A High Price: the Triumphs and Failures of Israeli Counterterrorism
By Daniel Byman
(Oxford University Press, 2011) pp 496

Reviewed by Prof. Carl A. Wege, Professor of Political Science, College of Coastal Georgia

In A High Price: The Triumphs & Failures of Israeli Counterterrorism, Daniel Byman has written one of the best definitive histories of Israeli counterterrorism efforts available. Dr. Byman’ s narrative is arranged in chronological sections detailing the major permutations of the Israeli experience from the 1920s creation of the Haganah and the foundations of the state through the first and second Lebanon wars and the contemporary environment. In addition to the incisive analysis, this work is distinguished by extensive interviews with political and human rights leaders, officials in Arab governments, as well as Israeli military and intelligence officers conducted by the author that inform the larger story.

Byman recounts the partisan twists and turns within a counterterrorism bureaucracy at odds with itself as well as the tumult between Israeli politicians as all develop their responses to countless threats against the Jewish state. The 1967 war becomes a Rubicon triggering the ongoing political brawl between Israelis who believed in the Promise of a Greater Israel and those who conceive state boundaries as politically fungible in the Enlightenment tradition.

Byman describes Israel’s tactical success in fighting the Palestinians in terms of the struggle to liquidate the terrorist middle managers. The terrorist political leadership has some measure of immunity by virtue of their prominence and low level terrorist operatives are generally the least dangerous. The terrorist middle managers have both the operational skills and the experience to pose the greater danger to the Israeli state. The first targeted killing of such a middle manager is recounted by Byman in the 1956 assassination of Col. Mustafa Hafez then commanding Palestinian Fedayeen units for Egyptian intelligence.

Unsurprisingly, the shadow of Yasser Arafat darkens much of Byman’s narrative as the Chairman manipulates the internecine clashes that define the snake pit of Palestinian terrorism. Whether ostensively nationalist or Marxist in theory, the myriad Palestinian factions from the Democratic and Popular fronts to Arafat’s venerable Fatah, all display a toxic combination of arrogance and corruption more than they illustrate a national movement.

Touching on Lebanon, Byman describes Iran’s creation of Hizballah as the birth of a monster. It was a monster however that Israel would never slay. Familiar with the venality permeating Palestinian terrorist groups, the IDF approached Hizballah with an imperial hubris that was, in fact, it’s undoing. The Israeli counterterrorism apparatus learned to manage Hizballah but they could never defeat Hizballah. Byman notes that a rough deterrence emerged between the combatants but neither Israeli politicians, Israeli intelligence nor the IDF ever understood that Hizballah voiced a socially mobilized Shi’a population that was more than the sum of its terrorists.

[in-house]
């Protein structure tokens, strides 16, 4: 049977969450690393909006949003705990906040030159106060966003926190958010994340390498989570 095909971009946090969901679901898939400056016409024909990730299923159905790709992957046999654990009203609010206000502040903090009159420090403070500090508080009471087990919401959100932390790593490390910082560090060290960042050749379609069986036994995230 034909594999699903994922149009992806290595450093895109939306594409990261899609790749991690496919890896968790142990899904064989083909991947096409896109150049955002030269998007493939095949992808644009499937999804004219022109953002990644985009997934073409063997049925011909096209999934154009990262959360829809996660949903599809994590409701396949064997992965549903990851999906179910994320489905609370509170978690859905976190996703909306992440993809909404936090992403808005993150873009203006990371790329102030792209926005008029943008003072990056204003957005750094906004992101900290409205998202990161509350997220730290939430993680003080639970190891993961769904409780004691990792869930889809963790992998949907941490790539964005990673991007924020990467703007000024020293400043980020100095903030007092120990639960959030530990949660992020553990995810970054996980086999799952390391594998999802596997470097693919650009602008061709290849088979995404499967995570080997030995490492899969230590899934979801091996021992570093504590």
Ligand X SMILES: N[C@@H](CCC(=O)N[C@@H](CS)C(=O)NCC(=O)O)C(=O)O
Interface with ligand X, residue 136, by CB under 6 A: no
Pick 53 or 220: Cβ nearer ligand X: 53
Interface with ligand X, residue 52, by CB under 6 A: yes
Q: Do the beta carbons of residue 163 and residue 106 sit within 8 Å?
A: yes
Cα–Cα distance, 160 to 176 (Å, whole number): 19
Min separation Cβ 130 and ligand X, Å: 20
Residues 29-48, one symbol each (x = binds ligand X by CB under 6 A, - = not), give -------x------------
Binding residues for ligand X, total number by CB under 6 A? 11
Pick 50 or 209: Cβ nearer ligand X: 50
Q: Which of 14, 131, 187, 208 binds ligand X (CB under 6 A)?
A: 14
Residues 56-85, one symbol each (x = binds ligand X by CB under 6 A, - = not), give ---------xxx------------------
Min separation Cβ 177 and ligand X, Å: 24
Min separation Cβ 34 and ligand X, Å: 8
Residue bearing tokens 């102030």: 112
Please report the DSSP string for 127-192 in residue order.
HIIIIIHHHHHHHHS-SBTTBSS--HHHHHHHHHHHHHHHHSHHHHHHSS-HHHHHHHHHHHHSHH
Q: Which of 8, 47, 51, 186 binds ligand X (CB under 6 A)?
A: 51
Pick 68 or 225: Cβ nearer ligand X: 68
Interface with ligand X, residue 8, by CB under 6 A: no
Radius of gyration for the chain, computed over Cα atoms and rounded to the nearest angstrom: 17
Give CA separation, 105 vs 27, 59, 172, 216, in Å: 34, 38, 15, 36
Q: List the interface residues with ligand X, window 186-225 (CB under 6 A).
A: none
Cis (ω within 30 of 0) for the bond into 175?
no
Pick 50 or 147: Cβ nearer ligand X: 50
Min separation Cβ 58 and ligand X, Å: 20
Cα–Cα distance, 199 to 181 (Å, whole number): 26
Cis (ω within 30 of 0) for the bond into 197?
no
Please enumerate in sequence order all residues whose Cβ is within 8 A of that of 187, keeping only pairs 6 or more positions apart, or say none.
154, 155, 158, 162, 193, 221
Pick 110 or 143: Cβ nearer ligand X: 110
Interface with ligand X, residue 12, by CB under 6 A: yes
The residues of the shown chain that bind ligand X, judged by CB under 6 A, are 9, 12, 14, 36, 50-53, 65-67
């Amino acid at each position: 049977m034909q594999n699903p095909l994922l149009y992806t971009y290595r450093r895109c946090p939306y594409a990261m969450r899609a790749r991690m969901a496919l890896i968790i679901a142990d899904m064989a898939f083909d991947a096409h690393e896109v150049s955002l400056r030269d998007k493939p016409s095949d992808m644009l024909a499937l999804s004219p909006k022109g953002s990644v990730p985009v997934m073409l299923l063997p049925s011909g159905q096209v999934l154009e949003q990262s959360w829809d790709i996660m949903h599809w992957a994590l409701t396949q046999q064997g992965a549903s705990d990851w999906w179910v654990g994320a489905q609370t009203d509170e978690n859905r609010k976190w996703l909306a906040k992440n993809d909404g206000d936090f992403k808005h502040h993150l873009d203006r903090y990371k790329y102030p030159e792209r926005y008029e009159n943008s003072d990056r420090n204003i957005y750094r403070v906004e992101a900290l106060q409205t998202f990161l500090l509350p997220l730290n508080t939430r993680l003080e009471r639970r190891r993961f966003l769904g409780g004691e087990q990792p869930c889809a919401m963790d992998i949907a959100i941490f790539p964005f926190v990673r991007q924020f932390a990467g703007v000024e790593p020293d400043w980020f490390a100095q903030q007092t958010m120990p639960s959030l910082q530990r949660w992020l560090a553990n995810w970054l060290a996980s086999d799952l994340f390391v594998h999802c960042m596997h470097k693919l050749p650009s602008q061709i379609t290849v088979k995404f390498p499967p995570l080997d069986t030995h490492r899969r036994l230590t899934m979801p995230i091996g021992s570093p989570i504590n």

The contemporary Islamist movements, be they Shi’a Hizballah, Salafist, or of the Ikhwan variety, are all at war with modernity in their own way and they present a much different threat to Israel than the more secular Palestinian groups from earlier decades. The fatal embrace Byman describes between the terrorist organizations, the Israeli counterterrorism apparatus, and modernity must now engage this new dynamic Islamist cause. How that Islamist movement confronts both Israel and modernity and how Israel adapts to this Islamist cause is yet to be decided.

Thematically, Byman recognizes in this work that Israeli tactical success has been rooted in what he calls ‘grind it out’ intelligence to the end that “Jewish blood will not be spilled with impunity.” That end however drives a counterterrorism history of tactical genius undermined by strategically obtuse politicians. The tactical genius of the Shin Bet understood that engaging a finite universe of recruiters, weapons makers, and organizers would break the back of the second intifada. Yet strategically obtuse Israeli politicians failed to understand that building a wall to keep Palestinian bombers out also kept Israeli citizens in. Mowing the grass is a Duvdevan tactic and not a political strategy.

The failure a significant faction of Israeli politicians to conceive of political arrangements whose scope encompasses more that the threat of terrorism with the Palestinians twists the Israeli body politic into a Gordian knot of contradictions. The fundamental failure of the Palestinian public to create a political community with the ability to coalesce into a partisan movement that does not default to terrorism leaves their aspirations forever frustrated.

In A High Price: The Triumphs & Failures of Israeli Counterterrorism, Dr. Byman describes both country and a place of mind that has grown over the last sixty odd years in schizophrenic fits and starts seeking a democratic Zion in a wilderness of terror.